Written by Clay Smith
Virtual reality reduced pain and anxiety in children undergoing procedures compared with usual care.
Why does this matter?
We recently covered a RCT on VR for pediatric IV and venipuncture distraction that looked very effective. But is this the consensus across studies?
VR as a drug
This was a systematic review of 17 RCTs on the use of VR for pediatric procedural distraction. The most experience was with burn care (6 studies), but it was also used for venous access, dental, or oncologic care. The effect size to reduce pain was large, with a mean reduction of 1.3 on a pain scale (usually a visual analog pain scale). VR was also effective in reducing anxiety, with a mean reduction of 1.3 as well. Both were statistically significant and remained so even after the study with the largest effect or the lower quality studies were removed upon sensitivity analysis. Looks like VR really helps with pain and anxiety related to pediatric procedures.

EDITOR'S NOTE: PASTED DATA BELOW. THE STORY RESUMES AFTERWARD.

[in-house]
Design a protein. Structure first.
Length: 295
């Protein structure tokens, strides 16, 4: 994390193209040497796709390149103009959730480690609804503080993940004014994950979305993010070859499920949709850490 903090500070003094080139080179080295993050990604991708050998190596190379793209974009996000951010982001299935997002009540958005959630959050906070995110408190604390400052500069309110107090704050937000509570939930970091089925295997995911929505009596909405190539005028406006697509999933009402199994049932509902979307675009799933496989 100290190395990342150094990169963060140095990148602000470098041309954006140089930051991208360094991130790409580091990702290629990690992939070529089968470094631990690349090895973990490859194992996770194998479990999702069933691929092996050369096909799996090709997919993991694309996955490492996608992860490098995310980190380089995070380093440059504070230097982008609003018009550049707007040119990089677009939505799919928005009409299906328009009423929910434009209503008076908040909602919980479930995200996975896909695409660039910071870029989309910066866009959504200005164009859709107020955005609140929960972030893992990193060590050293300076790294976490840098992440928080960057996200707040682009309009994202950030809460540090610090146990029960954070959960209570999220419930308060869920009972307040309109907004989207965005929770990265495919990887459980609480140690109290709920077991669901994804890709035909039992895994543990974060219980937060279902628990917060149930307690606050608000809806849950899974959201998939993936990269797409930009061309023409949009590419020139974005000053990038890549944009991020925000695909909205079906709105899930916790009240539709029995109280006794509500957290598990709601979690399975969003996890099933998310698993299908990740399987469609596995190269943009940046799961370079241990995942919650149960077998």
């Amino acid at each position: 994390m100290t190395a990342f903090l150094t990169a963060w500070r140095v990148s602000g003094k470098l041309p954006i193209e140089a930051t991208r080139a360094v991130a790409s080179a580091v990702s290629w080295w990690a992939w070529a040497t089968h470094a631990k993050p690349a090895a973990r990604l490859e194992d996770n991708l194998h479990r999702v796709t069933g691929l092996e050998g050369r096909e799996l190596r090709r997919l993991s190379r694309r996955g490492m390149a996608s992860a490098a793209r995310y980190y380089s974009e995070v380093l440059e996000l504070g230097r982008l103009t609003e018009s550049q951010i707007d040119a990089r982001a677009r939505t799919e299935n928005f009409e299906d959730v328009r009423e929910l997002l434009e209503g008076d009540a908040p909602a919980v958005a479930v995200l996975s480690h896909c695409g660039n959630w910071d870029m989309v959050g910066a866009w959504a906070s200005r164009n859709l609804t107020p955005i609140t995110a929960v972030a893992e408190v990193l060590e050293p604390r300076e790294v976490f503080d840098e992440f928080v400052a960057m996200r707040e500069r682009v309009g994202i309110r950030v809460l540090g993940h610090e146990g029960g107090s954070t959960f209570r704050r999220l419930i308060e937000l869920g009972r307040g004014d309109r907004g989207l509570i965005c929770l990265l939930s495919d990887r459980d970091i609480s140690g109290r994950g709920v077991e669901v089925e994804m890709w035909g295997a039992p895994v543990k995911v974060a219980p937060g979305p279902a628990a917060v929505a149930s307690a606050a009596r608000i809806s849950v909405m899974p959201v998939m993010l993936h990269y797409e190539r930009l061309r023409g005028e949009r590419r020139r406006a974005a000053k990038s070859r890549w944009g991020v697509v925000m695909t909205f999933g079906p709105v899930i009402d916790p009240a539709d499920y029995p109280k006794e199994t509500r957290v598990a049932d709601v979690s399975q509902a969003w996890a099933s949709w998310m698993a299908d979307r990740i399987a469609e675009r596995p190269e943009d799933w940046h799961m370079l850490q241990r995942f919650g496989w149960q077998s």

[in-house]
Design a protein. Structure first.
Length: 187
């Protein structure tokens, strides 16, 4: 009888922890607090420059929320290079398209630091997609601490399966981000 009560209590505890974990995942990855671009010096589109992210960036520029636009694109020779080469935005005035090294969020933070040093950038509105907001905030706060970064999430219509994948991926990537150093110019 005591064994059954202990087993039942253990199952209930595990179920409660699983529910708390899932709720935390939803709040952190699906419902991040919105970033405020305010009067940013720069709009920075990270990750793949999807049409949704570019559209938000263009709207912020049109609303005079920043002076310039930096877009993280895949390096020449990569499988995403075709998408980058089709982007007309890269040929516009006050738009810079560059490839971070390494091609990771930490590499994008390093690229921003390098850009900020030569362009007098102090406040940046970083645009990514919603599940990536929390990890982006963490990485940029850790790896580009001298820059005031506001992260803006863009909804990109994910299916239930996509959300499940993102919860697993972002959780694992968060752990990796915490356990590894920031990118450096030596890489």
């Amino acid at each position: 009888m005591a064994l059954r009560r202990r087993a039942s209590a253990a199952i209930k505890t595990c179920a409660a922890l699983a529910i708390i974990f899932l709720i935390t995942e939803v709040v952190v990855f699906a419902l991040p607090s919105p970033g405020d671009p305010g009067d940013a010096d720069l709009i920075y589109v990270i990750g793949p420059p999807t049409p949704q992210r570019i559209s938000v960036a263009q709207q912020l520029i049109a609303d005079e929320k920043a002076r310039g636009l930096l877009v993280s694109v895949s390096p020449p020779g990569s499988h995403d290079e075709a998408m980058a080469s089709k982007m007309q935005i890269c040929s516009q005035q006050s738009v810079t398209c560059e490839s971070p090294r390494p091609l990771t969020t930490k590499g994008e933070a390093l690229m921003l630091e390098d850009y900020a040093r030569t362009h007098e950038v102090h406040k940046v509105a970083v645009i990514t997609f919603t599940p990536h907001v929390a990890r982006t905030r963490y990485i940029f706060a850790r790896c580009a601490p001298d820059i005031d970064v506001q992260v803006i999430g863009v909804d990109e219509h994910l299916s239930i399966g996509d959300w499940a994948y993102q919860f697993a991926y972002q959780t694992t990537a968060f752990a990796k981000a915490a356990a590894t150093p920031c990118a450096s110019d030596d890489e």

Systematic Review and Meta-analysis of Virtual Reality in Pediatrics: Effects on Pain and Anxiety. Anesth Analg. 2019 May 23. doi: 10.1213/ANE.0000000000004165. [Epub ahead of print]
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